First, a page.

Using NVIDIA GeForce 320M outside macOS
8th October 2023: This article has been updated to link instructions for newer Linux kernels, which don’t provide out-of-the-box support for the legacy drivers required for this hardware.
Certain Apple computers, like the mid-2010 Mac Mini, used an NVIDIA GeForce 320M graphics chipset to produce graphics.
This is fine in macOS, but the experience is very bad in different operating systems. Apple’s Bootcamp drivers for this chipset will not function on anything higher than Windows XP.
NVIDIA kept producing up-to-date drivers for this chipset for a long time, but when trying to install these drivers either the installer or the entire system will crash, forcing the user to roll back to default graphics drivers that perform way worse than what the system is capable of delivering.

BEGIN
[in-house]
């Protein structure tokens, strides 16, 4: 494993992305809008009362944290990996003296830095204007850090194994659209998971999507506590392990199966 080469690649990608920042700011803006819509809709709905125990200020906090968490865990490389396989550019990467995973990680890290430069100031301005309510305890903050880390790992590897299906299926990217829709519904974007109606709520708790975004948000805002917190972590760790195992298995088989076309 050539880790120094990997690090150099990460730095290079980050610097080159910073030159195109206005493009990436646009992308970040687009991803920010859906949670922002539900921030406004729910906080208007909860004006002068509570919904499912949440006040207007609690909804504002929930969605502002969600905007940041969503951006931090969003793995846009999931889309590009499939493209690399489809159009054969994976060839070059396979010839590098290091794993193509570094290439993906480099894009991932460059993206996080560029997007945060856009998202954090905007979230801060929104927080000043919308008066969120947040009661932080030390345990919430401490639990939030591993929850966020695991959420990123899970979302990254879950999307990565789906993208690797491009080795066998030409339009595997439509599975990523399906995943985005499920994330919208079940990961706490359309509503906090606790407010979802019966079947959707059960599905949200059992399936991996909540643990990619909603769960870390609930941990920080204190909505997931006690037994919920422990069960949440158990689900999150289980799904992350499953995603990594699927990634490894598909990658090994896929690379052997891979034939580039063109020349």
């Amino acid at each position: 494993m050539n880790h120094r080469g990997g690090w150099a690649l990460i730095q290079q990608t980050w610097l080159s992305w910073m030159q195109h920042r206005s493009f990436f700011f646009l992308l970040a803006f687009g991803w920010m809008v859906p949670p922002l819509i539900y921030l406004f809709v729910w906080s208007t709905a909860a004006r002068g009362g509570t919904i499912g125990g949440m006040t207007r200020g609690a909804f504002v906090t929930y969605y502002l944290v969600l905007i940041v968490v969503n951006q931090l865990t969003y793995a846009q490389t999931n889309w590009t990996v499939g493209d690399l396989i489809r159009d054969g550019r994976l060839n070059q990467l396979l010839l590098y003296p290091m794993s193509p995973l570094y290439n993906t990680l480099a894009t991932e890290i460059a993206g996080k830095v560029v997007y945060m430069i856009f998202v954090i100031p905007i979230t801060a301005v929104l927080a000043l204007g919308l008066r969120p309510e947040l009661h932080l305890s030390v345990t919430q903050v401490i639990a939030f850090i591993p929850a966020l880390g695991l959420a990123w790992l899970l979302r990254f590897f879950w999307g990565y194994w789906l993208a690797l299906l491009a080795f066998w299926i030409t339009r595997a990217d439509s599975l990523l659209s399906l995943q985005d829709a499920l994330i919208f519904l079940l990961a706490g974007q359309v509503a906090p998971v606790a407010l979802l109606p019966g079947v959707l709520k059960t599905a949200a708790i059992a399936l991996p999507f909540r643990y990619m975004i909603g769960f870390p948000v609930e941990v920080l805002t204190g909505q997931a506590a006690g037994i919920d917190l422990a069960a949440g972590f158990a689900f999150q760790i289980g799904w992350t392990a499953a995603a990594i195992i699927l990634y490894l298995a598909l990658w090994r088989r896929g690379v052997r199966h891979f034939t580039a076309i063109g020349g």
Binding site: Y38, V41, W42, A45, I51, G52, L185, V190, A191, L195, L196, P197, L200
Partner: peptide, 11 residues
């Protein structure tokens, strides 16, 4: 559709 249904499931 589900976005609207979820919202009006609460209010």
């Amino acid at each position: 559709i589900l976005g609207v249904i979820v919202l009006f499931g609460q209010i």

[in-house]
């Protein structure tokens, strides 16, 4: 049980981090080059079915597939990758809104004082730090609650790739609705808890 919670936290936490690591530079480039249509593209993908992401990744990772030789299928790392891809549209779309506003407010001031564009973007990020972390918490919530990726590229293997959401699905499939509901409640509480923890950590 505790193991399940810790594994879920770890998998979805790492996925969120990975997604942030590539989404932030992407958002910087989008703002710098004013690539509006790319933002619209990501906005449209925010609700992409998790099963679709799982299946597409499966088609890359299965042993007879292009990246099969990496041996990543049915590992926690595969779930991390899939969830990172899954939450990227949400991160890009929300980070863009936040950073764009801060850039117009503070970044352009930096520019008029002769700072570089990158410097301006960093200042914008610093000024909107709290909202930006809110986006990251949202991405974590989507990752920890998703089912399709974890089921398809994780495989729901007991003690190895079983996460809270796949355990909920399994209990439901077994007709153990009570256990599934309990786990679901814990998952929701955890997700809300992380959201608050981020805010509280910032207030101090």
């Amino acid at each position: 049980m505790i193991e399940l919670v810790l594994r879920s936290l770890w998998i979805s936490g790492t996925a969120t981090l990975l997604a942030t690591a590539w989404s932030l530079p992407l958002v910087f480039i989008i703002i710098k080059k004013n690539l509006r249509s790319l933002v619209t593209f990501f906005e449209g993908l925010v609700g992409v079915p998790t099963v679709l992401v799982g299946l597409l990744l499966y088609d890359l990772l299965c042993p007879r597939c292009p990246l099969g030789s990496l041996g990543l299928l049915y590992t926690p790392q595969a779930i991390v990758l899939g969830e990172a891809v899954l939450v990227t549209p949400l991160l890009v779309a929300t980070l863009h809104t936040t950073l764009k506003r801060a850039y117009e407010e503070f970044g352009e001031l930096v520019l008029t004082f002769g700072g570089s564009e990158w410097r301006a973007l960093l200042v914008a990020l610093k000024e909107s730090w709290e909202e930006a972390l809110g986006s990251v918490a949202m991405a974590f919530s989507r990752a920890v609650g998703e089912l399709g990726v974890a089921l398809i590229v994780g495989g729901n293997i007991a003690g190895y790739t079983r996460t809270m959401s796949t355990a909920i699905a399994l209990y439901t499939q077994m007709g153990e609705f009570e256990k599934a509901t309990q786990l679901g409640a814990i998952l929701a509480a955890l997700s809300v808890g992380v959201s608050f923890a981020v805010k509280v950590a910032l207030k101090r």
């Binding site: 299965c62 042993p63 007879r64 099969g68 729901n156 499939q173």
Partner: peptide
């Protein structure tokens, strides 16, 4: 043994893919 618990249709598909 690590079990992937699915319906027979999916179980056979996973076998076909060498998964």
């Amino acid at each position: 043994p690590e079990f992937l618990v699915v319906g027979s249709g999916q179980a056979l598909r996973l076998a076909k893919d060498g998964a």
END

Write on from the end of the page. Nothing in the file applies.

This seems to be caused by an irregularity in Apple’s UEFI implementation for this chipset. The NVIDIA driver expects the video card to be a PCI-E bus master, but Apple’s EFI implementation neglects to do this. This causes the driver to look for something which isn’t there, causing a lack of video output or even the complete system halting.
You may follow the instructions below to modify the EFI partition on your hard drive.
Keep in mind: make backups, and never do this on production hardware. Technology changes and things can break.
Want to use the NVIDIA GeForce 320M drivers on a Debian (e.g. Ubuntu / Linux Mint) based system?
- Follow these instructions carefully. (Mirror here)
- Follow these steps to install the legacy NVIDIA driver 340 using a PPA.
Windows (EFI only)
NVIDIA drivers can also be made to work on Windows versions 7, 8.1 and 10. The process is a little bit more involved than the Linux steps, but still fairly doable.
Follow these instructions carefully. (Mirror here)